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Inside Mountain View

Carrying the torch

Carrying the torch


Members of the Mountain View Police Department carry the Special Olympics torch as they run along El Camino Real between Sunnyvale and Palo Alto June 18. Members of the department participate in the relay annually to show their support for Spec...

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Discovering your risk tolerance

If you have an investment account at a brokerage firm, chances are you’ve encountered a risk tolerance questionnaire.

Such a document purports to determine how comfortable you are with investment risk. Questions range from the simple, “Are you investing primarily for income or for growth?” to the sublime, “If you are offered $100 or the chance to win either $0 or $300, which would you choose?” The firms use the questionnaires to help salespeople sell you suitable investments, but they also serve as protection should the firm be audited by its regulator.

The problem? These questionnaires pretty much tell us nothing about your true risk tolerance.

Daniel Kahneman and Amos Tversky were among the pioneers of what is currently called “behavioral finance,” which attempts to understand the psychology behind the behavior of investors and ultimately how it affects the capital markets. One of their most fundamental findings – for which Kahneman won the Nobel Prize in Economics in 2002 – was that people’s attitudes toward risks concerning gains might be quite different from their attitudes toward risks concerning losses.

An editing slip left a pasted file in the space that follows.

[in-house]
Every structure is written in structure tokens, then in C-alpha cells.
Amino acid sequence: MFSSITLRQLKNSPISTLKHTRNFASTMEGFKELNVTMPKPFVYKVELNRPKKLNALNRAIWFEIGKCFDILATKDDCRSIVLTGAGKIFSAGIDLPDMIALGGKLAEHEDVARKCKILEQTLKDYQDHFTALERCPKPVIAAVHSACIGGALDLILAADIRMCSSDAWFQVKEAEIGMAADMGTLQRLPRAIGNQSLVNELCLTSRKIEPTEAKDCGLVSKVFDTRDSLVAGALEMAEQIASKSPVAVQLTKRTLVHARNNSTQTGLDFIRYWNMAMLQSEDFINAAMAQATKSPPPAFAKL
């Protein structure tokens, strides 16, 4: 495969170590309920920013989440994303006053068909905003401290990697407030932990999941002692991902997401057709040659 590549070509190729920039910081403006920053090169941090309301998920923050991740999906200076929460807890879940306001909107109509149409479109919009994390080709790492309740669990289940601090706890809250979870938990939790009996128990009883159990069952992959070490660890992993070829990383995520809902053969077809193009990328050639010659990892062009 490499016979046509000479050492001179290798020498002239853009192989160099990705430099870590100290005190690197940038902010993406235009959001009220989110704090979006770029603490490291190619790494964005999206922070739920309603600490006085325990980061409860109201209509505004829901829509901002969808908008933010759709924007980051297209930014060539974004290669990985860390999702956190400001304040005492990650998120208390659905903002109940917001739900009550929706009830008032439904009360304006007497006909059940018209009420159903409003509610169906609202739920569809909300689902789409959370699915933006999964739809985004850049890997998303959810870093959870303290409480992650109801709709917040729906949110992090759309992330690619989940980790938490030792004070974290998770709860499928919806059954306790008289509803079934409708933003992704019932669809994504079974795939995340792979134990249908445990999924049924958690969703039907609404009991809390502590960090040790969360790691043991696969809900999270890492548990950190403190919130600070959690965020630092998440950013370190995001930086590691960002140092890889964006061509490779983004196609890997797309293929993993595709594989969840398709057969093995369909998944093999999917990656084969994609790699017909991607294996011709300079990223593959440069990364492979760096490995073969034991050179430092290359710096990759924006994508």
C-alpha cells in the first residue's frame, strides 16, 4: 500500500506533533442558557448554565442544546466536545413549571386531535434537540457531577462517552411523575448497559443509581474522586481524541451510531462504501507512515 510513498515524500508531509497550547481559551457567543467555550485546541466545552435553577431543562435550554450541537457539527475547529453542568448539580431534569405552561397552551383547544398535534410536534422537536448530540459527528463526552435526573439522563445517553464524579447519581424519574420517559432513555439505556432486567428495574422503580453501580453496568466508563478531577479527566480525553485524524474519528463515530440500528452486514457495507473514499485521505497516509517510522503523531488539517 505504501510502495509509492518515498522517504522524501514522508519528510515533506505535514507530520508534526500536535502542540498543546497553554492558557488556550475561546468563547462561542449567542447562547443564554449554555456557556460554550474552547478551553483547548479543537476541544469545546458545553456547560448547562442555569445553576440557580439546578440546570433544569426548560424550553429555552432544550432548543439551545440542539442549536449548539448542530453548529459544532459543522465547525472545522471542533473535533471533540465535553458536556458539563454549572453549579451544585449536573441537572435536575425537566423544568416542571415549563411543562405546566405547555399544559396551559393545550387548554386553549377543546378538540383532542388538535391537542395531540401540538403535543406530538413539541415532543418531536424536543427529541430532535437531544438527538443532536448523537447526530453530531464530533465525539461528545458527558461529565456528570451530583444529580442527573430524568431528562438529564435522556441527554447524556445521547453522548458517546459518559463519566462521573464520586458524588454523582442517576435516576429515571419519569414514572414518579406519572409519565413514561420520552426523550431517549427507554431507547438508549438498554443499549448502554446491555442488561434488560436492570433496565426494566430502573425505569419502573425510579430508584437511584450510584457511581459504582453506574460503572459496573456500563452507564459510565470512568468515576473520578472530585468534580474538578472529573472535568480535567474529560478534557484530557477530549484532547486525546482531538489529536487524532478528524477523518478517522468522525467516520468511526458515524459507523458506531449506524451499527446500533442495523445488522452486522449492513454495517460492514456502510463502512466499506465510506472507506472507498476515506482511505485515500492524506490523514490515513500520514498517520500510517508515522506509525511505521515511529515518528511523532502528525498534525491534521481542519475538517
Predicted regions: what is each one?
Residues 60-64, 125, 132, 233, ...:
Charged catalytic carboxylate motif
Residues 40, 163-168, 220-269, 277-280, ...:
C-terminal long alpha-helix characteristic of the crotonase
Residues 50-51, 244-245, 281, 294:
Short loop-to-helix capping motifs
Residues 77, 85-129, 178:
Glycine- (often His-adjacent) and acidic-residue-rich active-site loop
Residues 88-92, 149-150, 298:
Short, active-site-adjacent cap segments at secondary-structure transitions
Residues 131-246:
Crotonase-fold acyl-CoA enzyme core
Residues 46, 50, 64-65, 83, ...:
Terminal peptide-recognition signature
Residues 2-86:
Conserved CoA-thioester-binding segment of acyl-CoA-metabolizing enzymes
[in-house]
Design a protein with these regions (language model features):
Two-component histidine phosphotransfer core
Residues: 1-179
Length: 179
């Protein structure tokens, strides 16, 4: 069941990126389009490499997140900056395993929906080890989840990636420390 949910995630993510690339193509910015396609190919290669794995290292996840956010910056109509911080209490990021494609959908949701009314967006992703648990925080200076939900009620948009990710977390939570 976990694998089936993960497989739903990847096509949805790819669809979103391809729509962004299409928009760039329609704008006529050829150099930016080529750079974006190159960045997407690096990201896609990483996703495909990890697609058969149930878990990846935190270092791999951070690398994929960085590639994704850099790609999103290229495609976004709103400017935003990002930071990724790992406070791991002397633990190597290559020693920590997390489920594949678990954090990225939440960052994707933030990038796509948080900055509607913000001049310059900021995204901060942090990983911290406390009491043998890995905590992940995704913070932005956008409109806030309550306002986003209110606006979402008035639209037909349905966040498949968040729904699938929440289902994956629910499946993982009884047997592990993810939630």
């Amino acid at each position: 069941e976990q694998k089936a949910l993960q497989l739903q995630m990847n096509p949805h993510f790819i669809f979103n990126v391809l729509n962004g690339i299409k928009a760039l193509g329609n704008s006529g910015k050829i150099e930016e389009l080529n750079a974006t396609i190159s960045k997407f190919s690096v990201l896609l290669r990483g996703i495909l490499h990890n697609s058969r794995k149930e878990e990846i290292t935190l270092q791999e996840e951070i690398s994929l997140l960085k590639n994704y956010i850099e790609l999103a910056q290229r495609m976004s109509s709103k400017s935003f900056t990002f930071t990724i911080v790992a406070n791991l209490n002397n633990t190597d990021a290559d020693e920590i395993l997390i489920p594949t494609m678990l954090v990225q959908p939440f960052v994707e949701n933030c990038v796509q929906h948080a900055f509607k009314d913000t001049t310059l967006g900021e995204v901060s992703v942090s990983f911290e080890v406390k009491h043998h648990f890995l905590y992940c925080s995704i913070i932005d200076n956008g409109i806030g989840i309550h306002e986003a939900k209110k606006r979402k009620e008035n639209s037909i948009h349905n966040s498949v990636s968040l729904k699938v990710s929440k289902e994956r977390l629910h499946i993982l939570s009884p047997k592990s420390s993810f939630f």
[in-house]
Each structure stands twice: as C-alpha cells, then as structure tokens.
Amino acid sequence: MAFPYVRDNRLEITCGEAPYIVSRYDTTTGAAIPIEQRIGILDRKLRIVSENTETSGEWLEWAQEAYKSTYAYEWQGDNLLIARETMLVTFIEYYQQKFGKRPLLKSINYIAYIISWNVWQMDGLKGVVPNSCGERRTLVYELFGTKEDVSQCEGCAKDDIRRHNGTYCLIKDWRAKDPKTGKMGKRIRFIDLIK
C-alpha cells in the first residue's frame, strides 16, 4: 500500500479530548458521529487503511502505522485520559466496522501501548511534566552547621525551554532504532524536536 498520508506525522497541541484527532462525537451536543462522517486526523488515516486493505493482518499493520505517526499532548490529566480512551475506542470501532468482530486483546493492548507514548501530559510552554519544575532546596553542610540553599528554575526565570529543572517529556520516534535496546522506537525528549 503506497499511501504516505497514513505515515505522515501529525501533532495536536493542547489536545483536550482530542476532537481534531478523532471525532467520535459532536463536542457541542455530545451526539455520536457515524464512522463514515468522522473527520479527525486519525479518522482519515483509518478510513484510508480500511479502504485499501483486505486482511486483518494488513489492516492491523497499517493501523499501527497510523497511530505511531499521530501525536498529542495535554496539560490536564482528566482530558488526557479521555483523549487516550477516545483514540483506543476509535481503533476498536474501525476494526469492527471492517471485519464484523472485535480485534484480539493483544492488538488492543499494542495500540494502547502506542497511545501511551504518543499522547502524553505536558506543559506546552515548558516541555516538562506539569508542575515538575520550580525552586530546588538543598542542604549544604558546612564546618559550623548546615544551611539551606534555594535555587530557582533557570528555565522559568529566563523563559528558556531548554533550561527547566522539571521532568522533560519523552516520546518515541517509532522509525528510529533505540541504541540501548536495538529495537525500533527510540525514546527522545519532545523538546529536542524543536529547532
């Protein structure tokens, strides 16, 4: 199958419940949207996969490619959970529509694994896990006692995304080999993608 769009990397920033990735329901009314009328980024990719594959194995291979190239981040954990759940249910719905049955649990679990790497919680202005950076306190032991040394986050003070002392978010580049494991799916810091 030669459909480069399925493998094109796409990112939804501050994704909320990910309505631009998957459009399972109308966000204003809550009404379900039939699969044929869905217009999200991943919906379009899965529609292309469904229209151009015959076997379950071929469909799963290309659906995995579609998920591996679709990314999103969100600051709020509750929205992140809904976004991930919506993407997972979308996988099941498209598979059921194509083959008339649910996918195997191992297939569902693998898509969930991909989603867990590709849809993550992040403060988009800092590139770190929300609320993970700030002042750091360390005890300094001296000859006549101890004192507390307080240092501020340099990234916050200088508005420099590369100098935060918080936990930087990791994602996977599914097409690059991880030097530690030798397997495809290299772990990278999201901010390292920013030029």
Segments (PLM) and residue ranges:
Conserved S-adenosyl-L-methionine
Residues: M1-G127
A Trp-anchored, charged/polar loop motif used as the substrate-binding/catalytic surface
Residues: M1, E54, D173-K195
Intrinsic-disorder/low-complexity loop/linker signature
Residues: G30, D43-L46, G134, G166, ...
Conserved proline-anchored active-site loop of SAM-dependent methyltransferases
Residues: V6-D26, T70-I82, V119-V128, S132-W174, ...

For example, in answer to the gambling question above, risk-averse people will typically choose the $100. However, when confronted with the inverse choice of losing $100 or the chance to lose $0 or $300, the same people will commonly select the risky option ($0 or -$300).

The prevailing economic environment also often influences this asymmetrical attitude toward risk. In early 2009, one of my clients had become so risk-averse that she was ready to sell all her investments. Of course I spent time with her explaining the value of sticking to her financial plan and investment strategy. By 2010 – after her portfolio had rebounded not only from market action but from some tactical allocations to a couple of highly undervalued asset classes – she had become so risk-indifferent as to ask what could be done to get her portfolio to outperform that of her neighbor.